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Sweeps: Time For A Promotion?

(CBS)
Morning show segments featuring anchors interviewing the star of the network's most popular show are not rare events -- one of the "Desperate Housewives" on ABC's "Good Morning America," a fired cast member of "The Apprentice" on NBC's "Today" or the latest "Survivor" to be deported on CBS's "The Early Show". Criticism of this type of content, of course, is not rare either.

Still, watching "The Early Show" last week, I noticed that there seemed to be more of this kind of material than usual. It also happened to be the beginning of May "sweeps," which began April 27 and run through May 24. Sweep periods, as you may know, are the times each year when Nielsen Media Research calculates the ratings of the country's local television markets, ratings which are used to determine advertising rates. The more people who show up to watch during that period, the more advertisers can be charged for air time.

During the first week of May on "The Early Show," as part of "Super-sized 'CSI' Week," which had begun April 27, each day of the week featured interviews with stars of the various iterations of the popular CBS drama. Monday's show also featured a preview of the following night's CBS special, "'Dynasty' Reunion: Catfights and Caviar." In addition to Tuesday's "CSI" interview, the show also included a regular series, "Rob To The Rescue," in which former "Survivor" and "The Amazing Race," contestant Rob Mariano helps "Early Show" viewers "deal with real-life problems". Along with Wednesday's "CSI"

, Anthony LaPaglia, star of CBS's "Without A Trace," also appeared for an . On Friday, along with an of two "CSI" stars, ex-"Survivor" Shane Powers appeared for an interview and a from "Survivor" was aired.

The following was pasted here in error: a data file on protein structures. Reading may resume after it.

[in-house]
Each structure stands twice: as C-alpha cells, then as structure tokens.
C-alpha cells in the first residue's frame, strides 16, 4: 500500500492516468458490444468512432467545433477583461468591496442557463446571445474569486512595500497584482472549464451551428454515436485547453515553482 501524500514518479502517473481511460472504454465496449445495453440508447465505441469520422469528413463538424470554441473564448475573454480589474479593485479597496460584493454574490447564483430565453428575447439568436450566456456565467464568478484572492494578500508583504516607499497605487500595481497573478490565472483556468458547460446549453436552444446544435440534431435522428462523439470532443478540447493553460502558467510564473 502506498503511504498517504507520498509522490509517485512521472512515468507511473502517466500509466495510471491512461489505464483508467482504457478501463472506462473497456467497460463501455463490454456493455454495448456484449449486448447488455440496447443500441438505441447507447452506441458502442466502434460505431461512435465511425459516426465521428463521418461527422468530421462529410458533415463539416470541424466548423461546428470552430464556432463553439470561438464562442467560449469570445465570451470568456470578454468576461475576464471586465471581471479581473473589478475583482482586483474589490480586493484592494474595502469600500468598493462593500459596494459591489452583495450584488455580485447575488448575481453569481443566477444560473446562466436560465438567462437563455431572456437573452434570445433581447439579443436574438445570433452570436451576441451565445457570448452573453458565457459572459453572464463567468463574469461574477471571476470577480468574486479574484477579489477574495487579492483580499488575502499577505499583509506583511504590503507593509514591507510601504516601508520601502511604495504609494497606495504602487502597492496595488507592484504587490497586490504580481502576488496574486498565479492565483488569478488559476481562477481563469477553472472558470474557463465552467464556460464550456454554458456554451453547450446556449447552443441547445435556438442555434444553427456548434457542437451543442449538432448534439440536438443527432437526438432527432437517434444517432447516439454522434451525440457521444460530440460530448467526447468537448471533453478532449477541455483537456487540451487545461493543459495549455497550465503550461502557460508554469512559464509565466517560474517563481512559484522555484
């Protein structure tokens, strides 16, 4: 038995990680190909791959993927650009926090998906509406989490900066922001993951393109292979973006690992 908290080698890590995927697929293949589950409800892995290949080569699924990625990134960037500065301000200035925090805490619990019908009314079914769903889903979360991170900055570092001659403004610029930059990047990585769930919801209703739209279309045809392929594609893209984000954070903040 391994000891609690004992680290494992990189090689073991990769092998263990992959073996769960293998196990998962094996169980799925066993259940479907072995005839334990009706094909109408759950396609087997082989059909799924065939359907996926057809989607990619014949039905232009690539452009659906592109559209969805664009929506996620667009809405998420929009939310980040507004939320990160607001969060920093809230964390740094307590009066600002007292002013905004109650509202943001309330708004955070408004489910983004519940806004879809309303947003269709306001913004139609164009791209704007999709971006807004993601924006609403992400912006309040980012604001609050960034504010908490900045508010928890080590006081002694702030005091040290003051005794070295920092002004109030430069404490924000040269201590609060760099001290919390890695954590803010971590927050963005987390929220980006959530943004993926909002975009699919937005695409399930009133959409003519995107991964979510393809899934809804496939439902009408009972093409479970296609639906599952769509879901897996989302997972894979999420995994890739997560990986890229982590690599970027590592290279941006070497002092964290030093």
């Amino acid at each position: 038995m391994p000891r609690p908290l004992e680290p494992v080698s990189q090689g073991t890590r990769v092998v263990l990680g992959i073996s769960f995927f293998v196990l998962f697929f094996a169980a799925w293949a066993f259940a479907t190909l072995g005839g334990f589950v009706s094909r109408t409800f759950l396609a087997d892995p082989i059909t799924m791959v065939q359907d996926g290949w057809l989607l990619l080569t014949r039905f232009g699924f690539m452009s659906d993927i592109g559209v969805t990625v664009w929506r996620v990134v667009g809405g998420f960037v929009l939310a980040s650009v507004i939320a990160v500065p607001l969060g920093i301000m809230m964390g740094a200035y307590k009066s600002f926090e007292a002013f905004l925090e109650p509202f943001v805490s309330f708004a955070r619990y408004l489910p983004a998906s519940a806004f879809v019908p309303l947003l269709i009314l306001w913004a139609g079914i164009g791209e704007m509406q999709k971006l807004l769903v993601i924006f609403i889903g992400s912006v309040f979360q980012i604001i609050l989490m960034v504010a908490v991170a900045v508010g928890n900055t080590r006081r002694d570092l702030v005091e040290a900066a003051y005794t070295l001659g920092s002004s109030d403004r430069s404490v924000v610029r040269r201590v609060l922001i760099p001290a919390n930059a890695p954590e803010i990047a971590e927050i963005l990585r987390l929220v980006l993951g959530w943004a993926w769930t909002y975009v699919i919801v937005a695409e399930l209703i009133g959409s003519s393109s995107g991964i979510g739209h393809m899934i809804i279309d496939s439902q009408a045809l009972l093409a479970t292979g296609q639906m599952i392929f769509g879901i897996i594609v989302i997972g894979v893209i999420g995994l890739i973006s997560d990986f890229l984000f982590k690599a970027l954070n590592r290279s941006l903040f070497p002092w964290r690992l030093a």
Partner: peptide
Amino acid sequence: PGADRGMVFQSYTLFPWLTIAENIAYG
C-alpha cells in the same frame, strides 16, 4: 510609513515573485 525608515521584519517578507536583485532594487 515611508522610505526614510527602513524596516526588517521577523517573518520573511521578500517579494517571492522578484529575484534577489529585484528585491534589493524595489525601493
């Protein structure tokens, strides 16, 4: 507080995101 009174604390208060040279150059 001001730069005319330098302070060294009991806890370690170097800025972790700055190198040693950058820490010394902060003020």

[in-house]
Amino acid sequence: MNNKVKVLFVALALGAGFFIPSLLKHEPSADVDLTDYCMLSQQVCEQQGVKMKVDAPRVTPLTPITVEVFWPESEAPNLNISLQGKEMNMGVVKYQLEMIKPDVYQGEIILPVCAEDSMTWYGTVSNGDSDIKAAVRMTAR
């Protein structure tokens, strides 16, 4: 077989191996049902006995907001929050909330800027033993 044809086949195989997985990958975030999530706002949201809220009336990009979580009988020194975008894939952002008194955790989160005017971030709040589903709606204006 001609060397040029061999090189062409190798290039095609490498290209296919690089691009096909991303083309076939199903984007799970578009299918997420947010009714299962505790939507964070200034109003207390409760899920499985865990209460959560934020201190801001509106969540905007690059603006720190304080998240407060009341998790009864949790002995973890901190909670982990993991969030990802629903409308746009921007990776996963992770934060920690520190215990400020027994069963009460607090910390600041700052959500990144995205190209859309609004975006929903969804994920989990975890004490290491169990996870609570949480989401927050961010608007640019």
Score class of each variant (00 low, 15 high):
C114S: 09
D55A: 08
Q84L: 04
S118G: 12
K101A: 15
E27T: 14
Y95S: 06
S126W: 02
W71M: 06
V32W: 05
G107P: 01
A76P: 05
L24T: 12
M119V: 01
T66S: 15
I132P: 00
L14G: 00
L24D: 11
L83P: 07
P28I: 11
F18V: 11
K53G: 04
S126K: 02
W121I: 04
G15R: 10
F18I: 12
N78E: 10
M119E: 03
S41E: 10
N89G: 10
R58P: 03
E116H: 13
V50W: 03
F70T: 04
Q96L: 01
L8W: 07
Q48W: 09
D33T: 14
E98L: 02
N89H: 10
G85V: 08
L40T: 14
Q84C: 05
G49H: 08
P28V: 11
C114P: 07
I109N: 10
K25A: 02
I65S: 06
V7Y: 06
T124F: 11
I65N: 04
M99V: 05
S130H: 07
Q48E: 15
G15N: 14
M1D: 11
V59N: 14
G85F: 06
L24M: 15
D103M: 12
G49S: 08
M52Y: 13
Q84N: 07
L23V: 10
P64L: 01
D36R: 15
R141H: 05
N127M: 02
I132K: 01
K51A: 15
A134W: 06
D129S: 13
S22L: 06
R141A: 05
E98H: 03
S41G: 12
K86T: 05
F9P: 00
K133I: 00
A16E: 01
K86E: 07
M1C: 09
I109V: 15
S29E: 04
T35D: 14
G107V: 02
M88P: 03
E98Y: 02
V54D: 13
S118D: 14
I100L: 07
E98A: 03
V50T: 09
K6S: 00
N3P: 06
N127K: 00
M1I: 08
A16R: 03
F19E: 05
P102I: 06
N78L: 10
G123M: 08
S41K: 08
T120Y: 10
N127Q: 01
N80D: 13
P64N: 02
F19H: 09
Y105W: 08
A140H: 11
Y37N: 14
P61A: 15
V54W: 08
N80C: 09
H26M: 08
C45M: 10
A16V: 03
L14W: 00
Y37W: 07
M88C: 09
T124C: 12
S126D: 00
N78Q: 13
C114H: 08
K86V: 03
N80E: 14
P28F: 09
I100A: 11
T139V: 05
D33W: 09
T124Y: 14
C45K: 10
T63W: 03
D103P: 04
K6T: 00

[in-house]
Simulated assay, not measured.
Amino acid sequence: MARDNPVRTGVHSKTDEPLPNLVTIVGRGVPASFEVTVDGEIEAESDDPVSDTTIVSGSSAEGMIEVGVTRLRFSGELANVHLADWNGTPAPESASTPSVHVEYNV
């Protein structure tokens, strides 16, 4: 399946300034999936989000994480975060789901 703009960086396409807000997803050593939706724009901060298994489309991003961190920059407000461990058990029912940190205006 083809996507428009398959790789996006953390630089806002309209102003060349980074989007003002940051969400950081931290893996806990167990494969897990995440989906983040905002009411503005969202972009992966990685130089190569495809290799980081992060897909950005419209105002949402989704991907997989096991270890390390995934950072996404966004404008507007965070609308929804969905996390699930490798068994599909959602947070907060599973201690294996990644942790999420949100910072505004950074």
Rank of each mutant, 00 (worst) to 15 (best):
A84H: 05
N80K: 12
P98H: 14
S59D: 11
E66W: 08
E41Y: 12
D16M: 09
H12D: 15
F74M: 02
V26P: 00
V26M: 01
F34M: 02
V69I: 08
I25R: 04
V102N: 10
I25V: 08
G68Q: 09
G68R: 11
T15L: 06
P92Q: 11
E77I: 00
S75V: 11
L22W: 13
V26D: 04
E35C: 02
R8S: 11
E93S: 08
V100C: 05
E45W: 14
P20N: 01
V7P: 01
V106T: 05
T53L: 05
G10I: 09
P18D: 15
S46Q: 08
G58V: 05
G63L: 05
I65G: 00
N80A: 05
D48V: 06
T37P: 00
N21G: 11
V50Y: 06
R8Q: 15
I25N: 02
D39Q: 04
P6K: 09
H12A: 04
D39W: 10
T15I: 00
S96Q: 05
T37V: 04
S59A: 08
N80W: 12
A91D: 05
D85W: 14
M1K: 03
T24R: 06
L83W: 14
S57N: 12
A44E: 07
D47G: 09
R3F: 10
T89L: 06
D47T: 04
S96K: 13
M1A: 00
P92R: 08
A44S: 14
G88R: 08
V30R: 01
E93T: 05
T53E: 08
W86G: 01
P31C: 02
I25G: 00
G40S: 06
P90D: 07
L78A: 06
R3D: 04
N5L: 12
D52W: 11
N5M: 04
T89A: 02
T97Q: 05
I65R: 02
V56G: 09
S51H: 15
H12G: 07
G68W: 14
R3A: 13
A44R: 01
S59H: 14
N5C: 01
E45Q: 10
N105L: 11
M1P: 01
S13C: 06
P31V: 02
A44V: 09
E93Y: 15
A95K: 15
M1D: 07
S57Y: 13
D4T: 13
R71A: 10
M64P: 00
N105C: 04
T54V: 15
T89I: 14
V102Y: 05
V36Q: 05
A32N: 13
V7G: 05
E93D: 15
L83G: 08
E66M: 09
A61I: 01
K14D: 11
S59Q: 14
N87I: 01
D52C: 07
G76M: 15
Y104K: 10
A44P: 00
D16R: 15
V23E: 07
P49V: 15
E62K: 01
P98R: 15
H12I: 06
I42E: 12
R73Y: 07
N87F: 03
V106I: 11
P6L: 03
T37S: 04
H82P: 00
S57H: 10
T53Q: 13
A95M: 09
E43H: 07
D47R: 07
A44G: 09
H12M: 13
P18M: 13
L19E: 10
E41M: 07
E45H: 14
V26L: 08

Over the course of the week, "The Early Show" spent a total of about 41 minutes of programming on segments with tie-ins to other CBS entertainment shows. Compare that to a total of approximately 24 minutes spent on similar segments during the first week of April.

Other networks' morning shows feature much of the same cross-promotion during sweeps. On NBC last Friday, actor Jerry O'Connell was on "Today" to discuss his NBC drama, "Crossing Jordan." And this week, David Blaine, whose aquatic display in Lincoln Center was the subject of a two-hour primetime special on ABC, was also the subject of numerous segments on "GMA."

Of course, what is and isn't promotional is a subjective judgment. For instance, I included in the above tallies two segments on "The Early Show" -- one during the first week of May (you can watch it

) and another during the first week of April (you can watch it ) -- that are tied in with the CBS drama "Without A Trace." During "Without A Trace," viewers are shown a photograph of a real missing person – "The Early Show" produces a piece about that person (or persons.) While it's tied in to a CBS show, senior executive producer of "The Early Show," Michael Bass doesn't view it as a promotional vehicle, but a public service. "It's mentioned and identified with 'Without A Trace' because it's on CBS -- people saw the slide of a missing person the previous night," Bass told me. Beyond that, said Bass, it's a "self-contained piece" that makes the public aware of a missing person.